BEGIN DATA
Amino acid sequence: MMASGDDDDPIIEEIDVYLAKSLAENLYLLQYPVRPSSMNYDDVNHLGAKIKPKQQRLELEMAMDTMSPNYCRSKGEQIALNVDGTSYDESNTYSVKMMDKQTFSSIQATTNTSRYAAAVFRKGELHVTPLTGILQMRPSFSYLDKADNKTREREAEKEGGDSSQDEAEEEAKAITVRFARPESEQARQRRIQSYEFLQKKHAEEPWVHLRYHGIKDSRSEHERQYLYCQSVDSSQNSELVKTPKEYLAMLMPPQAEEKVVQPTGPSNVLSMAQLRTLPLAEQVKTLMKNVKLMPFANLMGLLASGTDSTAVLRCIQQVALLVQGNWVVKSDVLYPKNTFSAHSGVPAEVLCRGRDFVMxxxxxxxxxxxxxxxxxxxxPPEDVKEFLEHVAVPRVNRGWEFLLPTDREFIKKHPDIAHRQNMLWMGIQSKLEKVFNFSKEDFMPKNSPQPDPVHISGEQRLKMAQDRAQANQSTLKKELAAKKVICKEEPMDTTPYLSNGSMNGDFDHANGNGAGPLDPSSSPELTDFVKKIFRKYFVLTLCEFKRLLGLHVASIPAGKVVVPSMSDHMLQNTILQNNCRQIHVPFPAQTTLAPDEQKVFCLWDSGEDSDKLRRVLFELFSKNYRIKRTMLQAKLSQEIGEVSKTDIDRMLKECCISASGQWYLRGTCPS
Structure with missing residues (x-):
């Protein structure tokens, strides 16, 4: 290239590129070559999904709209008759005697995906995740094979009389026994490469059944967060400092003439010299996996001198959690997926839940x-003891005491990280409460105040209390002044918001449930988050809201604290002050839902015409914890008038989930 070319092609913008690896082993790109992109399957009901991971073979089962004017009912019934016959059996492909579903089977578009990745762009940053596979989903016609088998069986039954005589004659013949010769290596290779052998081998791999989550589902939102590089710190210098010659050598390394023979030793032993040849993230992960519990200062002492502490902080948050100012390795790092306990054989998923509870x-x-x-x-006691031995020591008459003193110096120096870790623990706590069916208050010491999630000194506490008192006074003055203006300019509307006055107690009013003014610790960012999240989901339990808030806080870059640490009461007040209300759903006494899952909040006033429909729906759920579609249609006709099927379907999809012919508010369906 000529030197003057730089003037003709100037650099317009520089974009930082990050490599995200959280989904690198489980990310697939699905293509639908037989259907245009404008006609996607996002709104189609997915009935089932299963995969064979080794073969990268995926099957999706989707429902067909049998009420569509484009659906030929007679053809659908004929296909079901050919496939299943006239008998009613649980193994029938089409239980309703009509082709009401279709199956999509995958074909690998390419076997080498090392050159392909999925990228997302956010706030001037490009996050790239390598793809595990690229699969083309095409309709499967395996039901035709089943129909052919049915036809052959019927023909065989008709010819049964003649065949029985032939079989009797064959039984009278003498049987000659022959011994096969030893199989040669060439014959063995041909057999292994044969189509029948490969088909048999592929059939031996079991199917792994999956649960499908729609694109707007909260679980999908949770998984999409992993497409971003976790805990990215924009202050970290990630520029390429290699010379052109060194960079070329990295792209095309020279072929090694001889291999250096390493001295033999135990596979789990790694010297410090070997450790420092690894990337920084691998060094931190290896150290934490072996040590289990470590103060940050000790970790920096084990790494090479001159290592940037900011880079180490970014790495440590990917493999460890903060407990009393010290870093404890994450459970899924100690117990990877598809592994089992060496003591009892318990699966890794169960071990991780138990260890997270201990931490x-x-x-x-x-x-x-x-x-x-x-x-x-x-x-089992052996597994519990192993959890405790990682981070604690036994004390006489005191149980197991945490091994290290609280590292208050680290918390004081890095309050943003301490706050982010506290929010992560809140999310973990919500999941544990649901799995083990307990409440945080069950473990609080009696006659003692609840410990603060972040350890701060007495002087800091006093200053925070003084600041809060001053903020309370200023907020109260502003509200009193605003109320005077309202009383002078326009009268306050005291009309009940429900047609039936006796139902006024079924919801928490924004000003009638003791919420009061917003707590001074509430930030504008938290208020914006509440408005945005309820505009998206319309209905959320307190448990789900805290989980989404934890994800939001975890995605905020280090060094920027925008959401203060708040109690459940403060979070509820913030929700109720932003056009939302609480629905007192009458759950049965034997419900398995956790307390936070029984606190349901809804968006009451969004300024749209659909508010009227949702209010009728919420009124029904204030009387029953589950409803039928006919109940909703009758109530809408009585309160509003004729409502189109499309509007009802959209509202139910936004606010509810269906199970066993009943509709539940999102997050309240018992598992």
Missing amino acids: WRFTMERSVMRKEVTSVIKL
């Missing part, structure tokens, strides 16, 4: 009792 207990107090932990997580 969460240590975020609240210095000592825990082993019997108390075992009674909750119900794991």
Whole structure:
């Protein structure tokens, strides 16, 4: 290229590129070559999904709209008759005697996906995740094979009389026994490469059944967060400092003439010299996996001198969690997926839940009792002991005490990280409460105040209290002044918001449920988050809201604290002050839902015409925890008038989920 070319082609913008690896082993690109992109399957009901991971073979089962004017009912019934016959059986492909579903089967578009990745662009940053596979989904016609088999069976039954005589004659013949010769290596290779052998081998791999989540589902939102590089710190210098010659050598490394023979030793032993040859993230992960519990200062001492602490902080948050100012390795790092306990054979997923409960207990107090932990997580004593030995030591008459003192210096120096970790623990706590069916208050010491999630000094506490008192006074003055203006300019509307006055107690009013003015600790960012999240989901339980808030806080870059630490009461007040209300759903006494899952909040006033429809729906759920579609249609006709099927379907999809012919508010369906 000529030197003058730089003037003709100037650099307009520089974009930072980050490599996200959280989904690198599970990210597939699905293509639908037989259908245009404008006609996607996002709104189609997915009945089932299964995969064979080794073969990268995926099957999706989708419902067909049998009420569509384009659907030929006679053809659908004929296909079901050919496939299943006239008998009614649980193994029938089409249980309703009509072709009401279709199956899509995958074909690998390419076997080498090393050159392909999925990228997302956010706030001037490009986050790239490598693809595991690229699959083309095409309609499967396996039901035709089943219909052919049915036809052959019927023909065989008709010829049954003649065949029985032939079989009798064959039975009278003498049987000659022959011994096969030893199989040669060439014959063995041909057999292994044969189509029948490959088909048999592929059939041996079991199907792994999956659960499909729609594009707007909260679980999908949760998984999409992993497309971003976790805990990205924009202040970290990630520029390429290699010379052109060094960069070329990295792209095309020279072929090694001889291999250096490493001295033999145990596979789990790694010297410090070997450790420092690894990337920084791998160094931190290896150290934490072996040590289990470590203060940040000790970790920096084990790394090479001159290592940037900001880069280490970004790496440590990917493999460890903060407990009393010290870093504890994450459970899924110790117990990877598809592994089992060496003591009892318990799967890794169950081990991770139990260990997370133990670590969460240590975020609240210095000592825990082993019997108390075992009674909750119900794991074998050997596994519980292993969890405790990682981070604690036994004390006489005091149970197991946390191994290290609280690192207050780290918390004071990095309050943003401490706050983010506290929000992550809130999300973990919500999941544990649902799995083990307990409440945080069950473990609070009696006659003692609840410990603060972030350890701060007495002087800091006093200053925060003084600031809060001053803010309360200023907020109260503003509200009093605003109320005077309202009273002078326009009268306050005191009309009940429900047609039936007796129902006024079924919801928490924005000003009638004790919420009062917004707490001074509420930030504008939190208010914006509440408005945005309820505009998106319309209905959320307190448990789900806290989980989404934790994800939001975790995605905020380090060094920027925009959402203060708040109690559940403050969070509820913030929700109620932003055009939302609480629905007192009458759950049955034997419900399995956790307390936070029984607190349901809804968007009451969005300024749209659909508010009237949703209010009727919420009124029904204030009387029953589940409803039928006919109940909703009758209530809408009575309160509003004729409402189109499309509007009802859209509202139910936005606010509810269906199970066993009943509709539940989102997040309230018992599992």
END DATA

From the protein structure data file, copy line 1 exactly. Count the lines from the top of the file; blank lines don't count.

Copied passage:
Amino acid sequence: MMASGDDDDPIIEEIDVYLAKSLAENLYLLQYPVRPSSMNYDDVNHLGAKIKPKQQRLELEMAMDTMSPNYCRSKGEQIALNVDGTSYDESNTYSVKMMDKQTFSSIQATTNTSRYAAAVFRKGELHVTPLTGILQMRPSFSYLDKADNKTREREAEKEGGDSSQDEAEEEAKAITVRFARPESEQARQRRIQSYEFLQKKHAEEPWVHLRYHGIKDSRSEHERQYLYCQSVDSSQNSELVKTPKEYLAMLMPPQAEEKVVQPTGPSNVLSMAQLRTLPLAEQVKTLMKNVKLMPFANLMGLLASGTDSTAVLRCIQQVALLVQGNWVVKSDVLYPKNTFSAHSGVPAEVLCRGRDFVMxxxxxxxxxxxxxxxxxxxxPPEDVKEFLEHVAVPRVNRGWEFLLPTDREFIKKHPDIAHRQNMLWMGIQSKLEKVFNFSKEDFMPKNSPQPDPVHISGEQRLKMAQDRAQANQSTLKKELAAKKVICKEEPMDTTPYLSNGSMNGDFDHANGNGAGPLDPSSSPELTDFVKKIFRKYFVLTLCEFKRLLGLHVASIPAGKVVVPSMSDHMLQNTILQNNCRQIHVPFPAQTTLAPDEQKVFCLWDSGEDSDKLRRVLFELFSKNYRIKRTMLQAKLSQEIGEVSKTDIDRMLKECCISASGQWYLRGTCPS